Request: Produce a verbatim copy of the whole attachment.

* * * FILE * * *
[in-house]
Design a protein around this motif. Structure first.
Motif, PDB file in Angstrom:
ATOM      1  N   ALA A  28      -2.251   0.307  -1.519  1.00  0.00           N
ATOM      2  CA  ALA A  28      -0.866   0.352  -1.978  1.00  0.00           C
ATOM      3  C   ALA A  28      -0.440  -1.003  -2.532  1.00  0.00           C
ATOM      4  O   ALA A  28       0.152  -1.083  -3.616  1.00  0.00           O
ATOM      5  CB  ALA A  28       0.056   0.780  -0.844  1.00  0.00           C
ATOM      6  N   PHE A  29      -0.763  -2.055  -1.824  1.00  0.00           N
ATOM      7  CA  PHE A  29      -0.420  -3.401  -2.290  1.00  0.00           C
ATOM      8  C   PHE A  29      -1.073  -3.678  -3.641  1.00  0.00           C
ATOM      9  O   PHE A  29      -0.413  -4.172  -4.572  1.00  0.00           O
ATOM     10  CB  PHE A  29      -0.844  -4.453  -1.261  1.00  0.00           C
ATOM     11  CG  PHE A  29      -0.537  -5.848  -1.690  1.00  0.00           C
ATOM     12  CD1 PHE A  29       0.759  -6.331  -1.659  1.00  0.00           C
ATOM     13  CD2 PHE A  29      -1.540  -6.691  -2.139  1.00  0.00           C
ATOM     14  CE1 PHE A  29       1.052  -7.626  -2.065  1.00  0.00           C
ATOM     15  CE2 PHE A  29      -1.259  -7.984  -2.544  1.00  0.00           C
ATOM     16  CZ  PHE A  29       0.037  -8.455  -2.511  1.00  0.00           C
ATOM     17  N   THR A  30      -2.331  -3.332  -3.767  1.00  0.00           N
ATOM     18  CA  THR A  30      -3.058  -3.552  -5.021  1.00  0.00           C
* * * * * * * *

[in-house]
Design a protein around this motif. Structure first.
Motif, PDB file in Angstrom:
ATOM      1  N   ALA A  28      -2.251   0.307  -1.519  1.00  0.00           N
ATOM      2  CA  ALA A  28      -0.866   0.352  -1.978  1.00  0.00           C
ATOM      3  C   ALA A  28      -0.440  -1.003  -2.532  1.00  0.00           C
ATOM      4  O   ALA A  28       0.152  -1.083  -3.616  1.00  0.00           O
ATOM      5  CB  ALA A  28       0.056   0.780  -0.844  1.00  0.00           C
ATOM      6  N   PHE A  29      -0.763  -2.055  -1.824  1.00  0.00           N
ATOM      7  CA  PHE A  29      -0.420  -3.401  -2.290  1.00  0.00           C
ATOM      8  C   PHE A  29      -1.073  -3.678  -3.641  1.00  0.00           C
ATOM      9  O   PHE A  29      -0.413  -4.172  -4.572  1.00  0.00           O
ATOM     10  CB  PHE A  29      -0.844  -4.453  -1.261  1.00  0.00           C
ATOM     11  CG  PHE A  29      -0.537  -5.848  -1.690  1.00  0.00           C
ATOM     12  CD1 PHE A  29       0.759  -6.331  -1.659  1.00  0.00           C
ATOM     13  CD2 PHE A  29      -1.540  -6.691  -2.139  1.00  0.00           C
ATOM     14  CE1 PHE A  29       1.052  -7.626  -2.065  1.00  0.00           C
ATOM     15  CE2 PHE A  29      -1.259  -7.984  -2.544  1.00  0.00           C
ATOM     16  CZ  PHE A  29       0.037  -8.455  -2.511  1.00  0.00           C
ATOM     17  N   THR A  30      -2.331  -3.332  -3.767  1.00  0.00           N
ATOM     18  CA  THR A  30      -3.058  -3.552  -5.021  1.00  0.00           C